Where should I start on the glow plugs? Is this likely a harness issue?
 

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You may very well have fueling issues, but fueling issues aren't going to cause your two injector electrical codes, so they are something that you need to address.

You start with glow plug troubleshooting by checking resistance from the electrical connectors at the GPCM. DTR has a video on it.

 

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Discussion Starter · #8 ·
I checked the glow plug connectors and 1, 2, 4, 6, 7, and 8 are all open circuits. Apparently I'm starting on two glow plugs.(3&5) Since these are open circuits what is the chance that all 6 glow plugs are bad? What about the harness and boots? I tried to see if the ones I could get to easily were tight on the plugs and they seemed to be. I tried to pull one off so I could check the plug and of course the boot separated from the harness. Awesome. Afterward I remember some talking about being careful with those. I can't remember how I removed them 9 years ago when I studded it. Also since they are just open circuits then I'm assuming there is not an electrical draw issue causing the injector codes. I'm almost for sure the fuel pump is getting weak because it takes almost 20 seconds to build up pressure before shutting off. The tone changes at the last few seconds and sounds bad. Is there a way to check pressure with fittings I can find today locally?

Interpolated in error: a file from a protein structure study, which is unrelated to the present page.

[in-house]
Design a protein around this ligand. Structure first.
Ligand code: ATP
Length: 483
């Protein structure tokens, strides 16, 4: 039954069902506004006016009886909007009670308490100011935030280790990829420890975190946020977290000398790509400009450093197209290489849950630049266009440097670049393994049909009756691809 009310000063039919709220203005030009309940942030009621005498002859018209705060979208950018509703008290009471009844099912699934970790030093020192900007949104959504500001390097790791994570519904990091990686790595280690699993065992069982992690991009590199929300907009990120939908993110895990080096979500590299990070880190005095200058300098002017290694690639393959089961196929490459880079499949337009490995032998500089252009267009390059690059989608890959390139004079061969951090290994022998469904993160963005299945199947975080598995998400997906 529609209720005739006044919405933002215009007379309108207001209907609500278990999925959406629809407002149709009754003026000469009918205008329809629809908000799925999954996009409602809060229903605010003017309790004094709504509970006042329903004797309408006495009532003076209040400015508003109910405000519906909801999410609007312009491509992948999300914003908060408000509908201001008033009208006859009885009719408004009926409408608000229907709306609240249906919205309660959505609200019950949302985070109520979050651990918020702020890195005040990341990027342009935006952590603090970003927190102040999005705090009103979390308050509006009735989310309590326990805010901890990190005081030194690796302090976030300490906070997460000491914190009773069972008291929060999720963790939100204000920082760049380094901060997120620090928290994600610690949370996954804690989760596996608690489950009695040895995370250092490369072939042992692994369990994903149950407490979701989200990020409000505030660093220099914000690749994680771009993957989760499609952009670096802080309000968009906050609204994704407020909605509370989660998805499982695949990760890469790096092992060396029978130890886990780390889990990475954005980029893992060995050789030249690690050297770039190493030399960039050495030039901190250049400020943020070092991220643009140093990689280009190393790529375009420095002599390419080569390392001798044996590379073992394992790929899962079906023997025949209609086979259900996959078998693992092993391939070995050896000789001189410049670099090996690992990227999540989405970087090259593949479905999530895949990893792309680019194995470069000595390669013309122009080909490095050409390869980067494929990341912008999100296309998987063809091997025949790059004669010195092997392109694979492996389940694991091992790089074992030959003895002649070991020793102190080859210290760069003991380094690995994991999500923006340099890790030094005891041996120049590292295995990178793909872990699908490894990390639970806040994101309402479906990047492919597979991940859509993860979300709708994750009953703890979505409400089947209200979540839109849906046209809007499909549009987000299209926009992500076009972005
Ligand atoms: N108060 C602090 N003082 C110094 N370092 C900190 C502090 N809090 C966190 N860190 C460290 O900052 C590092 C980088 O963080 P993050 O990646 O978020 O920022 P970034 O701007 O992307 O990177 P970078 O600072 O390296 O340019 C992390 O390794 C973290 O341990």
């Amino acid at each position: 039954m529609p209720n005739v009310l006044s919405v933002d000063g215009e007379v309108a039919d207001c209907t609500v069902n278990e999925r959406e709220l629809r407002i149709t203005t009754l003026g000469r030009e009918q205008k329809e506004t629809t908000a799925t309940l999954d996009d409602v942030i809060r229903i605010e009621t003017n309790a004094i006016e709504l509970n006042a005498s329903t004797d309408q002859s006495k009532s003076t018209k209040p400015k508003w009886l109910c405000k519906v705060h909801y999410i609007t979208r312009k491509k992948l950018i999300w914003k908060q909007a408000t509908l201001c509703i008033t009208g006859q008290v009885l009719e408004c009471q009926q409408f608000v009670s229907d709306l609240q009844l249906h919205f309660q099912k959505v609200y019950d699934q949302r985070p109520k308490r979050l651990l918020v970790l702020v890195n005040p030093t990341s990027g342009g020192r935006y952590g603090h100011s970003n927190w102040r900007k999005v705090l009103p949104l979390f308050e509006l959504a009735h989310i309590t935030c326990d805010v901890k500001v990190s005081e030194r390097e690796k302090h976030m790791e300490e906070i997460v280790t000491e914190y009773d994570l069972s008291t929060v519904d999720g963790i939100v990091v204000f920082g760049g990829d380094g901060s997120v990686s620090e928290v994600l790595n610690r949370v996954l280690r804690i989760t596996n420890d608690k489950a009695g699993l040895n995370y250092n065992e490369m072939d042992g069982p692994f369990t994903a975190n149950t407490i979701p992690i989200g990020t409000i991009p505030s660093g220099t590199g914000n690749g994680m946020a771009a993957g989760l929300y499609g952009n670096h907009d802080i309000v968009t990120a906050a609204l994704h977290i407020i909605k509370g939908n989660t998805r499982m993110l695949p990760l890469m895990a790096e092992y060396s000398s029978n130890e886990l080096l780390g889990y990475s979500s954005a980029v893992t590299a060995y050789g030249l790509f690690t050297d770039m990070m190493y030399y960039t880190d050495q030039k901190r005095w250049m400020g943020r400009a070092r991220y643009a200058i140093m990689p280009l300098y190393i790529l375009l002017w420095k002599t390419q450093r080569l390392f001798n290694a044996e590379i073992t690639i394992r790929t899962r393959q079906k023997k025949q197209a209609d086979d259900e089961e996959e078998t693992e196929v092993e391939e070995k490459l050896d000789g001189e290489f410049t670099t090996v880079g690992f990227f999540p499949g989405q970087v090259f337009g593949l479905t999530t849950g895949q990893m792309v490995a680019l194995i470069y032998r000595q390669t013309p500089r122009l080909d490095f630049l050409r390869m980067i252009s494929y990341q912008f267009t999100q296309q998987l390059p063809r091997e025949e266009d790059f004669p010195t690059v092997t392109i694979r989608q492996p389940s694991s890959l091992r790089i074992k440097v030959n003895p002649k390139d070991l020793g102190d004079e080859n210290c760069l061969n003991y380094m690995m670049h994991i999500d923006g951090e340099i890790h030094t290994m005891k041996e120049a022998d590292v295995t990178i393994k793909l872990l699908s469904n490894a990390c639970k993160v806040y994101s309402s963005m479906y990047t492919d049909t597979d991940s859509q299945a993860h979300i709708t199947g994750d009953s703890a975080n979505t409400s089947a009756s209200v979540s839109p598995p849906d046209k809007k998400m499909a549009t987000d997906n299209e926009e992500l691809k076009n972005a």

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Discussion Starter · #9 ·
One more thing I forgot to mention. This very thing happened two years ago coming back from Florida towing my 10K lb fifth wheel. Started shaking and lost power not being able to stay above 45 MPH. I pulled off, turned truck off and then restarted and took it easy the rest of the way back. We were only about an hour and a half from home and it never did it again until yesterday. I did put the blue spring in 9 years ago.
 

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Get a fuel pressure gauge.

Check fuses and relays - especially the ones for the Instrument Cluster

Replace all glow plugs and both of the harnesses

Ohm-check the injectors with the codes. Replace injectors as necessary.
 

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Discussion Starter · #11 ·
I put an Edge Insight CTS3 on it and the FICM voltage is 47 after starting and then goes to 47.5 after a few minutes. After driving it around for about 30 minutes it goes between 47.5 and 48. Every once in a while it will go back to 47 but just briefly. When cranking it does drop a little but bounces all over the place so is hard to get a good reading. The battery voltage is about 11.4 with key on and then after about a minute of running is about 13.2. Last week I unhooked each battery and they were both right at 12.4v. Does anything seem odd so far?